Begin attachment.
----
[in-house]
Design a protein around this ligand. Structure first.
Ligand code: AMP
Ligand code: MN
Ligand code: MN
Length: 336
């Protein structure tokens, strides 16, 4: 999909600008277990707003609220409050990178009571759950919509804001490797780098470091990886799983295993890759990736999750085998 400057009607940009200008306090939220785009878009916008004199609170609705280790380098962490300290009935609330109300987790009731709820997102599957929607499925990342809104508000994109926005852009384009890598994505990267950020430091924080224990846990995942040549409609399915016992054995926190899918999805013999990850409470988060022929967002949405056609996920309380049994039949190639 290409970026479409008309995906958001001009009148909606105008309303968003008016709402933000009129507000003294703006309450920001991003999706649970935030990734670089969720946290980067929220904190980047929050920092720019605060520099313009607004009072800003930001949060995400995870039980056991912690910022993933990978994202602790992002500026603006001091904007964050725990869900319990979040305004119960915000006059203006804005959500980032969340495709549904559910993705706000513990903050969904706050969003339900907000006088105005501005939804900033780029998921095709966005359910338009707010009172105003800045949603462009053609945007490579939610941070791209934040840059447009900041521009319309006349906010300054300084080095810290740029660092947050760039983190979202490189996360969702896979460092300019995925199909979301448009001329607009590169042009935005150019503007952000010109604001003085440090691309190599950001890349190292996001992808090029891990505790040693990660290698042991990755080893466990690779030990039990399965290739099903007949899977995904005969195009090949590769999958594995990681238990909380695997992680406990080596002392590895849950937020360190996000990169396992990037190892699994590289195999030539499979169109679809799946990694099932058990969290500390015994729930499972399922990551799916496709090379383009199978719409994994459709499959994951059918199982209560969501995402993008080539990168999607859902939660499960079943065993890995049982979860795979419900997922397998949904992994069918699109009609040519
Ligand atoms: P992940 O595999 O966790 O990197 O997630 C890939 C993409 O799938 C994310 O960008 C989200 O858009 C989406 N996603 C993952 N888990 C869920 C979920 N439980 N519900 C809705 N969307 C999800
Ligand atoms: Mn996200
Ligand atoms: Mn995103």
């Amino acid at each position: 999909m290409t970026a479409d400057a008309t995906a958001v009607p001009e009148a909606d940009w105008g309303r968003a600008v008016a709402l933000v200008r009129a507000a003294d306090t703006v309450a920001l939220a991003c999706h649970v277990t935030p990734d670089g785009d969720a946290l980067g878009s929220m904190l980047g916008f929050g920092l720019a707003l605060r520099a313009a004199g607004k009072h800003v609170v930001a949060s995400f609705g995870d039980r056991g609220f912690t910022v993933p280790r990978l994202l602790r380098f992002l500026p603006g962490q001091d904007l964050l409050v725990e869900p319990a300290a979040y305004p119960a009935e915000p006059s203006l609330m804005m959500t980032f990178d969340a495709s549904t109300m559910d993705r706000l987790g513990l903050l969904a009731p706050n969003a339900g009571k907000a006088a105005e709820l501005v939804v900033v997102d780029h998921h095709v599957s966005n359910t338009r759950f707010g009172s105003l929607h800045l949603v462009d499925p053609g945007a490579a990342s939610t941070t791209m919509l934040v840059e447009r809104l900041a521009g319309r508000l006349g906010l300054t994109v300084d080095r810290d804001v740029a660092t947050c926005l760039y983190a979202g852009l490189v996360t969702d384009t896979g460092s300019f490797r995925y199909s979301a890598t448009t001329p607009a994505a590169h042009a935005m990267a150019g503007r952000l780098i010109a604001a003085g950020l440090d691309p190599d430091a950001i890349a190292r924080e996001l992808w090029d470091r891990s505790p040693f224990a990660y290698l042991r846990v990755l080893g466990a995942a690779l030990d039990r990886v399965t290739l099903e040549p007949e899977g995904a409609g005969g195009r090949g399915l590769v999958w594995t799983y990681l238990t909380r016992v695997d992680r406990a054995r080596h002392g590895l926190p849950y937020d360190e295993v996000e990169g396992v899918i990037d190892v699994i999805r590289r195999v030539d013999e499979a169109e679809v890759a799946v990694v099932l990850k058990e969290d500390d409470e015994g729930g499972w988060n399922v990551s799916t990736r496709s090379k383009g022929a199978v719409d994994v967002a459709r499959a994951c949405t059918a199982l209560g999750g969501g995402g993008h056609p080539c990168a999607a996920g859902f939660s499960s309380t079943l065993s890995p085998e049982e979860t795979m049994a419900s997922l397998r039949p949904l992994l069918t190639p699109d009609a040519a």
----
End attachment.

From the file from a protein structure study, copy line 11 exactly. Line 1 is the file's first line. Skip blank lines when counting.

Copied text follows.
């Amino acid at each position: 999909m290409t970026a479409d400057a008309t995906a958001v009607p001009e009148a909606d940009w105008g309303r968003a600008v008016a709402l933000v200008r009129a507000a003294d306090t703006v309450a920001l939220a991003c999706h649970v277990t935030p990734d670089g785009d969720a946290l980067g878009s929220m904190l980047g916008f929050g920092l720019a707003l605060r520099a313009a004199g607004k009072h800003v609170v930001a949060s995400f609705g995870d039980r056991g609220f912690t910022v993933p280790r990978l994202l602790r380098f992002l500026p603006g962490q001091d904007l964050l409050v725990e869900p319990a300290a979040y305004p119960a009935e915000p006059s203006l609330m804005m959500t980032f990178d969340a495709s549904t109300m559910d993705r706000l987790g513990l903050l969904a009731p706050n969003a339900g009571k907000a006088a105005e709820l501005v939804v900033v997102d780029h998921h095709v599957s966005n359910t338009r759950f707010g009172s105003l929607h800045l949603v462009d499925p053609g945007a490579a990342s939610t941070t791209m919509l934040v840059e447009r809104l900041a521009g319309r508000l006349g906010l300054t994109v300084d080095r810290d804001v740029a660092t947050c926005l760039y983190a979202g852009l490189v996360t969702d384009t896979g460092s300019f490797r995925y199909s979301a890598t448009t001329p607009a994505a590169h042009a935005m990267a150019g503007r952000l780098i010109a604001a003085g950020l440090d691309p190599d430091a950001i890349a190292r924080e996001l992808w090029d470091r891990s505790p040693f224990a990660y290698l042991r846990v990755l080893g466990a995942a690779l030990d039990r990886v399965t290739l099903e040549p007949e899977g995904a409609g005969g195009r090949g399915l590769v999958w594995t799983y990681l238990t909380r016992v695997d992680r406990a054995r080596h002392g590895l926190p849950y937020d360190e295993v996000e990169g396992v899918i990037d190892v699994i999805r590289r195999v030539d013999e499979a169109e679809v890759a799946v990694v099932l990850k058990e969290d500390d409470e015994g729930g499972w988060n399922v990551s799916t990736r496709s090379k383009g022929a199978v719409d994994v967002a459709r499959a994951c949405t059918a199982l209560g999750g969501g995402g993008h056609p080539c990168a999607a996920g859902f939660s499960s309380t079943l065993s890995p085998e049982e979860t795979m049994a419900s997922l397998r039949p949904l992994l069918t190639p699109d009609a040519a």